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Have you been asking “Why”….   “Why is this happening to me? “Why me?” “Why is there so much pain?” followed by “When”… “When will all this end?”  “When will I get my break?” “When will I xx?”

I’ve been there. I’ve shed many tears asking these very questions.

I had it all: great education, wonderful relationships, children, rewarding career, opportunities to travel and the capacity to help others. I had all the trimmings of a successful life.  I worked hard work and persevered to make my home “appear” together.  But no matter how wonderful my outer world looked I was also aware of a deep sadness within. Time and again the universe would attempt to show me the falseness of everything I so proudly counted as “my” achievements, but in the busyness, I ignored the gentle and not so gentle knocks.  Finally, when I faced the loss of a relationship and the job I so treasured alongside a major health issue, I fell to my knees, literally.

Guided by a deep longing and a desire to find answers to the pain I was feeling, I started a journey to self discovery….  Who was the real Jas?  It was like peeling the layers of an onion. I discovered deep dark feelings of emptiness, loneliness, betrayal, grief and my own limiting beliefs such as “I am not good enough” “women need a man to survive in this world” “I don’t matter” and “no one loves me” to name a few.

Even though I wasn’t aware of these beliefs, these subconscious beliefs were leading my life.  Situation after situation in my world would confirm these deep-seated beliefs.  As I started taking responsibility for my life and watching how these beliefs were guiding my life, I was able to retrain my mind to see the truth of who I was. As I connected with the teachings of the Sikh Gurus, meditation, Kundalini Yoga, a multitude of courses, I learned new skills.  This is what would help me become more aware of my thoughts/feelings and emotions. I no longer felt like a victim, I became confident and started living a life in alignment with my purpose. 

One of the key principles that allowed me to unlock the door to The Teacher Within was taking personal responsibility for the life I had created.   This started with understanding projection and embracing the sutra “recognize the other person is you”.  This principle was pivotal in helping me understand the misinformed beliefs I was holding onto. I was like most who blamed others for all my pain.  When things go array, most will either blame others or we start judging ourselves.  The truth is, we hold the source of our pain, our misinformed core beliefs. If someone says you’re green, you would probably just laugh or walk away thinking this person doesn’t know what they’re talking about.  However if the person says something that ignites a core belief within us, you will no doubt have a reaction.  If we are more aware of our triggers we can “choose” how we are going to respond.  When I’m “triggered”, I know I have received a healing “gift”…a gift to go within and see what belief I am still holding onto. Even though I was not conscious of the beliefs, they were driving my life. As I took responsibility for my life, and let go of my limiting beliefs at all levels - mind, body, and emotion, my life started changing. I no longer blamed others for how I was feeling, I no longer “needed” things or people to help me feel better.  This allowed me to be more authentic as I made room for more self-love and acceptance of who I was.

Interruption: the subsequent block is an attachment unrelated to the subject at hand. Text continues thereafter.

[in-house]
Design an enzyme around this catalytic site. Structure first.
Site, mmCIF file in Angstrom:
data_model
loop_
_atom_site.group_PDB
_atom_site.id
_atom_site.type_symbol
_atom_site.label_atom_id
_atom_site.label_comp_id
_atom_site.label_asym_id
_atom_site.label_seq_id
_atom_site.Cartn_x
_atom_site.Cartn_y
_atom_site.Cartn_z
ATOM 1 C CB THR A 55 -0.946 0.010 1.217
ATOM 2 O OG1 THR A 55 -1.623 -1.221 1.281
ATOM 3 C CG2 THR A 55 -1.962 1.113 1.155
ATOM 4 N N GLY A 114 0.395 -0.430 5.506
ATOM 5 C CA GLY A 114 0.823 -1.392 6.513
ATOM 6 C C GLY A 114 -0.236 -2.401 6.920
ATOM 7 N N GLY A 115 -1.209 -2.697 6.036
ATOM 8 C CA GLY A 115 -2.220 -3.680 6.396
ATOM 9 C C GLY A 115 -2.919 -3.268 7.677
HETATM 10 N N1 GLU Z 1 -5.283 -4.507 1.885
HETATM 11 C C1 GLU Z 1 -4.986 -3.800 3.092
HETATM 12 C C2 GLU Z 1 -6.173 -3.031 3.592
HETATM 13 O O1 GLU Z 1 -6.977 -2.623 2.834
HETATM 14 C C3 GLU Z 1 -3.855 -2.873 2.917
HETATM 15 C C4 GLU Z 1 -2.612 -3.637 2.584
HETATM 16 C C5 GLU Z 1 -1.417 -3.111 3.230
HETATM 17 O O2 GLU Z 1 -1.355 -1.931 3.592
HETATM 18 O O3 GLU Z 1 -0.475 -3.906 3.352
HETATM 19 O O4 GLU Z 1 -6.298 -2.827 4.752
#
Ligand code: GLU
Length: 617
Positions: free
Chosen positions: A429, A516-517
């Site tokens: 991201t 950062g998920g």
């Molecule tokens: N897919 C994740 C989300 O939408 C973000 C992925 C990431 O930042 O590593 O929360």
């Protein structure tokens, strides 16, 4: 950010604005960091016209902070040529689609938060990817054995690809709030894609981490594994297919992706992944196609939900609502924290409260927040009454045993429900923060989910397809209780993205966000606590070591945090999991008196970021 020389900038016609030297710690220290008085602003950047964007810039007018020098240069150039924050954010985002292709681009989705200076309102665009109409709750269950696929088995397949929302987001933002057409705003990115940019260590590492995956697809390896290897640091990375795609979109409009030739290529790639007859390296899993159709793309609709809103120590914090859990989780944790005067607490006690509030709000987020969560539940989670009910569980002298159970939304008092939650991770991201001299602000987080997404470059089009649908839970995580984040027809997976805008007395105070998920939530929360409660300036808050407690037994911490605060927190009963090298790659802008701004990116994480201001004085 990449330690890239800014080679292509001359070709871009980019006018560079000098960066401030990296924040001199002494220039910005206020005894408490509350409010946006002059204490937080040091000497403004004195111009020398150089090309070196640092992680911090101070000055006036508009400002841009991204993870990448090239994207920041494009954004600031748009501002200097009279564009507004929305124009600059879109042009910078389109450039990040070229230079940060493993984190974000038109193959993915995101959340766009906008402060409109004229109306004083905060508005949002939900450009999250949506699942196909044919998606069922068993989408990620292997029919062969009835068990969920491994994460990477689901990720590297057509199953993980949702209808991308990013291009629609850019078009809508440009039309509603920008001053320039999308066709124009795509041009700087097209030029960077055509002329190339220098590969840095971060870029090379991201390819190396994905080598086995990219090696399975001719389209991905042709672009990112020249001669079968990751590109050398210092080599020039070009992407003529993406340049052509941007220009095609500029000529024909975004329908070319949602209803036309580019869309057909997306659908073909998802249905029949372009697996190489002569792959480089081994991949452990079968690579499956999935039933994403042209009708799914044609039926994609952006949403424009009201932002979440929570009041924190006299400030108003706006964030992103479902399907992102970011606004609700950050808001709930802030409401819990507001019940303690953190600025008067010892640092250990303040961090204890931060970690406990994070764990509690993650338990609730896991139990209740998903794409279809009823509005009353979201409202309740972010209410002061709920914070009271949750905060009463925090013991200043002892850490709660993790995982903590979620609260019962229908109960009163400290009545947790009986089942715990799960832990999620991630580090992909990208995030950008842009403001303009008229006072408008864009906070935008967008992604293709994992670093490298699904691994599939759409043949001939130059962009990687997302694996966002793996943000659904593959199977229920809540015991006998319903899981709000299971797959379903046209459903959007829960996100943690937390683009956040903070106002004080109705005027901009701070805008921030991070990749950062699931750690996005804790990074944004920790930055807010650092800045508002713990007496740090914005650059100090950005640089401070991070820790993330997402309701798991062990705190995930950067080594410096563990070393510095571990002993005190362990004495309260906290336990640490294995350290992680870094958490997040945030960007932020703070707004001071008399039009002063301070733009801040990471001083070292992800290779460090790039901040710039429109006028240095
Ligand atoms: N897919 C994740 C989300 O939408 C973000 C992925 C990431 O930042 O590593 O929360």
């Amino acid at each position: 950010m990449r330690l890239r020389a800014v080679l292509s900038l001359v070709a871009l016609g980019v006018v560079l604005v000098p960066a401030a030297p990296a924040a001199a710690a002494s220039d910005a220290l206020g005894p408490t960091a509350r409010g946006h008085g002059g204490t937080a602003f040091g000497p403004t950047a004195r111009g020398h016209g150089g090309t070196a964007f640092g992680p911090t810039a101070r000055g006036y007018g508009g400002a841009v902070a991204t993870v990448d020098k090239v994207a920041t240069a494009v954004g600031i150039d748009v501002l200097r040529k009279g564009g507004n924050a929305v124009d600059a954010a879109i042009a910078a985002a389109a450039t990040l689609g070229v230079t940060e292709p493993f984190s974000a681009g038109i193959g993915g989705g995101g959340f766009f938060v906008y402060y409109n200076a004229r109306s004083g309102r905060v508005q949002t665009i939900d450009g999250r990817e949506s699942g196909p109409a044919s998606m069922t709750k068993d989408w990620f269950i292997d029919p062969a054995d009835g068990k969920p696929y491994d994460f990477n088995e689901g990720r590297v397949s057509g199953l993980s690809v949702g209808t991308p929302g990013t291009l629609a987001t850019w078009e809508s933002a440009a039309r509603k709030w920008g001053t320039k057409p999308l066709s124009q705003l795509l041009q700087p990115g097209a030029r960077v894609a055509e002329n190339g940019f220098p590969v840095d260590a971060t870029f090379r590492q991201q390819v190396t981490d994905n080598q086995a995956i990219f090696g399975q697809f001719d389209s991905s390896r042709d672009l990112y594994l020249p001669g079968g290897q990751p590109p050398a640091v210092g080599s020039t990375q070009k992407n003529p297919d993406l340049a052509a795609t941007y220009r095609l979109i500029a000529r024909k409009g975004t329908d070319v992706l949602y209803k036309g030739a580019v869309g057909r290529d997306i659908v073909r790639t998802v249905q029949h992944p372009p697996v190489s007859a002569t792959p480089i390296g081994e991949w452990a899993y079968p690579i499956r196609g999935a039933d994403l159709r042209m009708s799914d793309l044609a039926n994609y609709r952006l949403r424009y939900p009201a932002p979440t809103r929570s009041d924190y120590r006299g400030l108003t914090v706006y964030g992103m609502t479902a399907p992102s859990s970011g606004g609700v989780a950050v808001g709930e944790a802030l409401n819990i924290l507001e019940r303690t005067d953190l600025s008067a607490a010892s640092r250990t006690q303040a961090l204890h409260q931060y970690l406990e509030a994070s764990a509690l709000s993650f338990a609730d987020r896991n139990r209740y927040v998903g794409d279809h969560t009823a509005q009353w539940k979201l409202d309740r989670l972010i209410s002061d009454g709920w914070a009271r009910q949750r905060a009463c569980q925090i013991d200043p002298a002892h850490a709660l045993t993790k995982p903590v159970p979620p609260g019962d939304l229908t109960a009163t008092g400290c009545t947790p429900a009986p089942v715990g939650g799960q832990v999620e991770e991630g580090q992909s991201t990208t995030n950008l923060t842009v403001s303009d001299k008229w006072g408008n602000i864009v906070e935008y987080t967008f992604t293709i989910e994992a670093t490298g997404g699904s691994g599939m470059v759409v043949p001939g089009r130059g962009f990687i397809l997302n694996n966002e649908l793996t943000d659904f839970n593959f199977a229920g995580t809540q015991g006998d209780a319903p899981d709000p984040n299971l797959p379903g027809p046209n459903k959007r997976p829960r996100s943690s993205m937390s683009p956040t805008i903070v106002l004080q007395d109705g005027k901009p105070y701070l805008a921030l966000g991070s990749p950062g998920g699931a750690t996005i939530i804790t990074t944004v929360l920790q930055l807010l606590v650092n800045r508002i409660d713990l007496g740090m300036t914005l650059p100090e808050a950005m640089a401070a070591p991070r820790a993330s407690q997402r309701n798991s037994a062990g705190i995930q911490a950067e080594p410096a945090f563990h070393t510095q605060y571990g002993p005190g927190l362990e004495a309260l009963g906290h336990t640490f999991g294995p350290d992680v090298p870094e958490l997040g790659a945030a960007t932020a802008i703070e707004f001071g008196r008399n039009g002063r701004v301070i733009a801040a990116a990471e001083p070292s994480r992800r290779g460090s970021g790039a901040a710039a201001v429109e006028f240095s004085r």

Take Time to Visit a Sick Loved One

​Surrey / North Delta Leader, April 2011

​"Often, visiting a sick friend or relative can be an awkward experience. Most of us do not have any particular training in this field and are often at a loss for something to say or are on “pins and needles” because we are afraid we might say the wrong thing.

Many patients in hospitals or at home appreciate their friends’ and family members’ visits but sometimes they’d just like to rest and would rather not have visitors.

If it’s possible, always make an effort to ask for a patient’s and/or immediate family’s permission to visit before showing up. The patients’ needs are more important than yours when it comes to visitation, so you should respect them."

Without realizing who you are.jpg
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